Jalal's other books include: The State of Martial Rule: the Origins of Pakistan's Political Economy of Defence (Cambridge University Press, 1990); Democracy and Authoritarianism in South Asia: a Comparative and Historical Perspective (Cambridge University Press 1995); Modern South Asia: History, Culture and Political Economy, coauthored with Sugata Bose (Routledge 1998); Self and Sovereignty: the Muslim Individual and the Community of Islam in South Asia since c.1850 (Routledge, 2000) and Partisans of Allah: Jihad in South Asia (Harvard University Press, 2008). Her most recent book based on the Lawrence Stone Lectures she gave at the Davis Center at Princeton University is called The Pity of Partition: Manto's Life, Times and Work Across the India Pakistan Divide (Princeton University Press, forthcoming March 2013).


A leading historian of Pakistan as well as South Asia, Jalal has received numerous awards and acknowledgements including the Prize Fellowship from Trinity College (1980–84), the MacArthur Foundation Fellowship (1998-2003)[6] and the Sitara-i-Imtiaz, one of Pakistan's highest civilian awards, in 2009.[7]



  • Jalal, Ayesha (1990). The state of martial rule: the origins of Pakistan's political economy of defence. Cambridge England New York: Cambridge University Press. ISBN 9780521051842.
  • Jalal, Ayesha (1994). The sole spokesman: Jinnah, the Muslim League, and the demand for Pakistan. Cambridge Cambridgeshire New York: Cambridge University Press. ISBN 9780521458504. First published 1985.
  • Jalal, Ayesha (1995). Democracy and authoritarianism in South Asia: a comparative and historical perspective. Lahore, Pakistan: Sang-e-Meel Publications. ISBN 9789693506297.
  • Jalal, Ayesha; Bose, Sugata (1997). Nationalism, democracy, and development: state and politics in India. Delhi New York: Oxford University Press. ISBN 9780195639445.
  • Jalal, Ayesha (2000). Self and sovereignty individual and community in South Asian Islam since 1850. New York: Routledge. ISBN 9780415220774.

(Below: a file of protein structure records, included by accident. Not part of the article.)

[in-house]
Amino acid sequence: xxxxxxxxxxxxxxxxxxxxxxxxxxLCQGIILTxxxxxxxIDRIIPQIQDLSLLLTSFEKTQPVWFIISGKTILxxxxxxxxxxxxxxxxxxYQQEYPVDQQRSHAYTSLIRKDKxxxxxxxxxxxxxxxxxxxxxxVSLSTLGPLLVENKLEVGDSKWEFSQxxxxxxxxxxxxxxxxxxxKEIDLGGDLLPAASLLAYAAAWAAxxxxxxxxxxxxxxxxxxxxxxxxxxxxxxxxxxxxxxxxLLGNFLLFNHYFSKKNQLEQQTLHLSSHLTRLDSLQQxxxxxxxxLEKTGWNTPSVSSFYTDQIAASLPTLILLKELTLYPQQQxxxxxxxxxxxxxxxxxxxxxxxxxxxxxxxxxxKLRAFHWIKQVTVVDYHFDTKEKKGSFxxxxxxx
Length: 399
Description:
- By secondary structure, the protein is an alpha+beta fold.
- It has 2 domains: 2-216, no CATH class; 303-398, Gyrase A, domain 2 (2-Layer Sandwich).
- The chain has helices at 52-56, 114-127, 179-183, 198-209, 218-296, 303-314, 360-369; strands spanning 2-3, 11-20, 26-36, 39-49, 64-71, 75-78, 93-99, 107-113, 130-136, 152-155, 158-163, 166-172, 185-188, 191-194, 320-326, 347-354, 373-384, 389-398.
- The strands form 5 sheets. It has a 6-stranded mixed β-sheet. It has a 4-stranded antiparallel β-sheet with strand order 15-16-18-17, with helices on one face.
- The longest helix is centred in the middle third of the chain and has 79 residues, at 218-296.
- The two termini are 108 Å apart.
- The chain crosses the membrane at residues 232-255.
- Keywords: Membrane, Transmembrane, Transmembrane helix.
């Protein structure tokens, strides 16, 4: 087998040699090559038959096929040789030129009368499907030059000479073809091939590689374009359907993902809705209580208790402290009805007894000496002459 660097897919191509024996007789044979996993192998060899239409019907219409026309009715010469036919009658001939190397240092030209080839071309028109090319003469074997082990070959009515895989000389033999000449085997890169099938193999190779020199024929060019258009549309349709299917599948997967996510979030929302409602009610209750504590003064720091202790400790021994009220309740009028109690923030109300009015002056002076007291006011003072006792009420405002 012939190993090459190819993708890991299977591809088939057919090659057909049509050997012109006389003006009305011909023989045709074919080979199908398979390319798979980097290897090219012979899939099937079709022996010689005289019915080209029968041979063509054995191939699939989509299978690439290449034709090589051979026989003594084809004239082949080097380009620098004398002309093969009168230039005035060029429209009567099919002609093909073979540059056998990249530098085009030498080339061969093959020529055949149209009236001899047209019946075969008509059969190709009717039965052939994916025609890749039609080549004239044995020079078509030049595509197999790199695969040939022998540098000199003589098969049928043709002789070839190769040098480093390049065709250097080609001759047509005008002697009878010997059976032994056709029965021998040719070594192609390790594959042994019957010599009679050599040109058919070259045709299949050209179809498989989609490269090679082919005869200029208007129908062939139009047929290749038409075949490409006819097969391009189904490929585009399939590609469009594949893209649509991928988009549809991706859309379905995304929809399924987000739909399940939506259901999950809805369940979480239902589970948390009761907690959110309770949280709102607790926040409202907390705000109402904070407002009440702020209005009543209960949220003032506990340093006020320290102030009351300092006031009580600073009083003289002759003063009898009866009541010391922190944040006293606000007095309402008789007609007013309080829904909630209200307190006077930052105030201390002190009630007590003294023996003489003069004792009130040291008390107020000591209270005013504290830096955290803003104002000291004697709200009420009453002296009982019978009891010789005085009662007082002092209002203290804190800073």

• Jalal, Ayesha (2008). Partisans of Allah: Jihad in South Asia. Cambridge, Massachusetts: Harvard University Press. ISBN 9780674047365.
  • Jalal, Ayesha; Bose, Sugata (2011). Modern South Asia: history, culture, political economy (3rd ed.). London New York: Routledge. ISBN 9780415779432.
  • Jalal, Ayesha (2013). The pity of partition: Manto's life, times, and work across the India-Pakistan divide. Princeton: Princeton University Press. ISBN 9780691153629.
  • Jalal, Ayesha (2014). The struggle for Pakistan: a Muslim homeland and global politics. Cambridge, Massachusetts: The Belknap Press of Harvard University Press. ISBN 9780674052895.

Chapters in books

  • Jalal, Ayesha (1997), "Exploding Communalism : The Politics of Muslim Identity in South Asia" (PDF), in Bose, Sugata; Jalal, Ayesha, Nationalism, Democracy and Development: State and Politics in India, Delhi: Oxford University Press, ISBN 9780195644425, retrieved 15 April 2018.
  • Jalal, Ayesha (2009), "Freedom and equality: from Iqbal's philosophy to Sen's ethical concerns", in Kanbur, Ravi; Basu, Kaushik, Arguments for a better world: essays in honor of Amartya Sen | Volume II: Society, institutions and development, Oxford New York: Oxford University Press, pp. 452–469, ISBN 9780199239979.


  1. "Department of History - Tufts University". ase.tufts.edu. Retrieved 2016-11-06.
  2. "Jalal, Ayesha". Atlantic Council. Retrieved 2016-11-06.
  3. Chishty-Mujahid, Nadya (2015-02-01). "COVER STORY: The Struggle for Pakistan by Ayesha Jalal". DAWN.COM. Retrieved 2016-11-06.
  4. Chotiner, Isaac (2014-12-26). "Pakistan: The Land of the Pure". Wall Street Journal. ISSN 0099-9660. Retrieved 2016-11-06.
  5. "Pakistan needs to breed more historians". The Hindu. Retrieved 28 January 2012.
  6. "Ayesha Jalal — MacArthur Foundation". www.macfound.org. Retrieved 2017-02-10.
  7. "Ayesha Jalal: Borderline politics". The Express Tribune. 2014-04-20. Retrieved 2017-02-10.
This article is issued from Wikipedia. The text is licensed under Creative Commons - Attribution - Sharealike. Additional terms may apply for the media files.